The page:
ISBN-10:
0295984171
ISBN-13:
9780295984179
Pub. Date:
09/04/2004
Publisher:
University of Washington Press
Hitchcock with a Chinese Face

Hitchcock with a Chinese Face

by Jerome Silbergeld

Paperback

View All Available Formats & Editions
Current price is , Original price is $35.0. You
Select a Purchase Option
  • purchase options
    $31.50 $35.00 Save 10% Current price is $31.5, Original price is $35. You Save 10%.
  • purchase options
    $19.43 $35.00 Save 44% Current price is $19.43, Original price is $35. You Save 44%.
    icon-error
    Note: Access code and/or supplemental material are not guaranteed to be included with textbook rental or used textbook.
  • purchase options

Product Details

ISBN-13: 9780295984179
Publisher: University of Washington Press
Publication date: 09/04/2004
Pages: 160
Product dimensions: 8.50(w) x 10.00(h) x (d)
Age Range: 18 Years

About the Author

Jerome Silbergeld is the P. Y. and Kinmay W. Tang Professor of Chinese Art History and director of the Tang Center for East Asian Art at Princeton University. His numerous books include Contradictions: Artistic Life, the Socialist State, and the Chinese Painter Li Huasheng and China into Film: Frames of Reference in Contemporary Chinese Cinema.

Table of Contents

DVD Film ScencesAcknowledgmentsA Note on Transliteration1. Hitchcock with a Chinese Face: Suzhou River2. Oedipus Comes to Hong Kong: The Day the Sun Turned Cold3. The Chinese Heart in Conflict with Itself: Good Men, Good WomenNotesBibliographyIndex

What People are Saying About This

Eugene Y. Wang

If the 'reality' of contemporary China comes down to not only the dizzying mushrooming of new skyscrapers and the rage of state—run capitalism with a Chinese twist but also new perceptual habits and new mindsets, then there is nothing more sensitive to these changes than the film medium; for demonstration of this, nothing better than the set of films chosen by Silbergeld; for unpacking them, hitherto there is no better reader of them than Silbergeld.

Marek Wieczorek

Hitchcock with a Chinese Face belongs to the absolute best of scholarship in film studies. It brings together three films very diverse in stories and styles, moods and speeds, geographic origins and geopolitical problems. In this book these unite to form a multifaceted picture of more universal psychological and cross-cultural themes, including matters of the heart such as love and betrayal, or the profound intersections between ethics and aesthetics, politics and soul.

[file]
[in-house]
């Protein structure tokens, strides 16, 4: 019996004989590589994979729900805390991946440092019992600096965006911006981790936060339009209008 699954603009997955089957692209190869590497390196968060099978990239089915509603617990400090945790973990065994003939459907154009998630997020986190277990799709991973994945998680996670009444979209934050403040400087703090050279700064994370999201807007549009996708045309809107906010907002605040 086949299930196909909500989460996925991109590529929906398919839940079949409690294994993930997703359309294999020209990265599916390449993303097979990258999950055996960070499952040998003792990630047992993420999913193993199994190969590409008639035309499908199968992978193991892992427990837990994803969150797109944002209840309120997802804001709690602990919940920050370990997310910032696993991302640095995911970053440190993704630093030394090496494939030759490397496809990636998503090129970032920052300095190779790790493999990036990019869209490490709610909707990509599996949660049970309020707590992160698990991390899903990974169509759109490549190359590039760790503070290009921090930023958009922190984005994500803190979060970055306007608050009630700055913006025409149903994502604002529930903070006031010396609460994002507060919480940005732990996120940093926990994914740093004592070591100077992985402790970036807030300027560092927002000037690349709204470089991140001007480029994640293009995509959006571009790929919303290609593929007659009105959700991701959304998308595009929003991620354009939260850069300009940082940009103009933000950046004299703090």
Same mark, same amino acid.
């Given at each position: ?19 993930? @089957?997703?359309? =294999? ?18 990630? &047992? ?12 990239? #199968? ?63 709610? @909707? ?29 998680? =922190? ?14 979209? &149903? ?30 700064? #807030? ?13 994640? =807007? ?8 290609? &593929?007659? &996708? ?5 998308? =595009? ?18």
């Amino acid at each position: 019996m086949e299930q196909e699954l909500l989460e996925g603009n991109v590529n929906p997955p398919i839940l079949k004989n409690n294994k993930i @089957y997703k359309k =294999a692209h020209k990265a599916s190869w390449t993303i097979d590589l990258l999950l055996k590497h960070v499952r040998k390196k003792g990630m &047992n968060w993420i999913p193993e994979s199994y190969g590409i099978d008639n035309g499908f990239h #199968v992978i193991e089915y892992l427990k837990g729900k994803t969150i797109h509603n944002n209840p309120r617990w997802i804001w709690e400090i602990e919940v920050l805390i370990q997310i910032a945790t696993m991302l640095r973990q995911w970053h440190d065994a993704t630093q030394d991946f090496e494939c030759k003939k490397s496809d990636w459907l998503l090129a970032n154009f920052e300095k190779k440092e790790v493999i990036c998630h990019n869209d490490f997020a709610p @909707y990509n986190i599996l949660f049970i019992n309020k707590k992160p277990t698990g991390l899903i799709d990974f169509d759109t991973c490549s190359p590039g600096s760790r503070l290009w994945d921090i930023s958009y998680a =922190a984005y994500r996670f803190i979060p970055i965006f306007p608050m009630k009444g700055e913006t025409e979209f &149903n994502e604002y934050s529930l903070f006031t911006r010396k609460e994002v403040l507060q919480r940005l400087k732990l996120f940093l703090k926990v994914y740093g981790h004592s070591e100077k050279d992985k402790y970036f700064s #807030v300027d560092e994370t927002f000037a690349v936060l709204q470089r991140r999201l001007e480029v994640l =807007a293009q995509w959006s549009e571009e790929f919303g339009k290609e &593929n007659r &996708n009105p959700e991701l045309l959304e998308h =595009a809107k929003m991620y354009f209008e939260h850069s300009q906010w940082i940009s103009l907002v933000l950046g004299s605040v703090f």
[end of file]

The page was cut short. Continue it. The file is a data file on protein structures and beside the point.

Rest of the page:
From the Publisher

"If the 'reality' of contemporary China comes down to not only the dizzying mushrooming of new skyscrapers and the rage of state—run capitalism with a Chinese twist but also new perceptual habits and new mindsets, then there is nothing more sensitive to these changes than the film medium; for demonstration of this, nothing better than the set of films chosen by Silbergeld; for unpacking them, hitherto there is no better reader of them than Silbergeld."—Eugene Y. Wang, Harvard University

"Hitchcock with a Chinese Face belongs to the absolute best of scholarship in film studies. It brings together three films very diverse in stories and styles, moods and speeds, geographic origins and geopolitical problems. In this book these unite to form a multifaceted picture of more universal psychological and cross-cultural themes, including matters of the heart such as love and betrayal, or the profound intersections between ethics and aesthetics, politics and soul."—Marek Wieczorek, University of Washington

Customer Reviews

Most Helpful Customer Reviews

See All Customer Reviews

Hitchcock with a Chinese Face 5 out of 5 based on 0 ratings. 1 reviews.
Henry_Berry More than 1 year ago
Silbergeld takes the three Chinese films Suzhou River, The Day the Sun Turned Cold, and Good Men to examine how Western film techniques have been brought into Chinese cinema. The films also evidence that Western literary and cultural influences are a part of Chinese cinema. The influence of Freud, Faulkner, and Dostoevsky can be seen in one or more of the films; and, not surprisingly, the cinematic techniques of Hitchcock are seen, as well those of David Lynch and Jean Luc-Godard. 'The [Chinese] films are remarkable for their intellectual depth and range, their layered complexity, their emotional sobriety, their appeal to a sophisticated film audience rather than a mass market, their determined critique of contemporary culture...and the resonance of their moral voice.' The same could be said for Western art films, which the Chinese films plainly resemble, to the point of imitation in many ways. In a pocket inside the back cover is a CD with scenes from the movies. Silbergeld's selection of only three distinctive, yet in many ways representative films makes for an efficient, yet pithy exposure to the best of Chinese art films; which films are gaining more attention as China's economic and political power grows.